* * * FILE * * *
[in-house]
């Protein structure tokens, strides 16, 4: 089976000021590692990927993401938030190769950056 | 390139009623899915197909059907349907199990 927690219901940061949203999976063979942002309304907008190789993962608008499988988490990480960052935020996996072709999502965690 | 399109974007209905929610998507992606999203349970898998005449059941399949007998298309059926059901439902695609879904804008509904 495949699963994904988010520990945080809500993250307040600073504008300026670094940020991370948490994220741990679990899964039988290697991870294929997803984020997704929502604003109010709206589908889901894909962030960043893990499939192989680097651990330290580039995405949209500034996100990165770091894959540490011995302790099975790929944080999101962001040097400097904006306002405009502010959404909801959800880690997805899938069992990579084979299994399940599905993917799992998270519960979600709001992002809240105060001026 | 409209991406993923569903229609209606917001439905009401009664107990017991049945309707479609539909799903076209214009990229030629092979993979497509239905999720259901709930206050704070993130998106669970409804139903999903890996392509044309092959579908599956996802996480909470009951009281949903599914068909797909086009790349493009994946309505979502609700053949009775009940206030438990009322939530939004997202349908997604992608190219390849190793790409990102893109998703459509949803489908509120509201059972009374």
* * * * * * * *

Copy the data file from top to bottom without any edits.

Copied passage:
[in-house]
């Protein structure tokens, strides 16, 4: 089976000021590692990927993401938030190769950056 | 390139009623899915197909059907349907199990 927690219901940061949203999976063979942002309304907008190789993962608008499988988490990480960052935020996996072709999502965690 | 399109974007209905929610998507992606999203349970898998005449059941399949007998298309059926059901439902695609879904804008509904 495949699963994904988010520990945080809500993250307040600073504008300026670094940020991370948490994220741990679990899964039988290697991870294929997803984020997704929502604003109010709206589908889901894909962030960043893990499939192989680097651990330290580039995405949209500034996100990165770091894959540490011995302790099975790929944080999101962001040097400097904006306002405009502010959404909801959800880690997805899938069992990579084979299994399940599905993917799992998270519960979600709001992002809240105060001026 | 409209991406993923569903229609209606917001439905009401009664107990017991049945309707479609539909799903076209214009990229030629092979993979497509239905999720259901709930206050704070993130998106669970409804139903999903890996392509044309092959579908599956996802996480909470009951009281949903599914068909797909086009790349493009994946309505979502609700053949009775009940206030438990009322939530939004997202349908997604992608190219390849190793790409990102893109998703459509949803489908509120509201059972009374």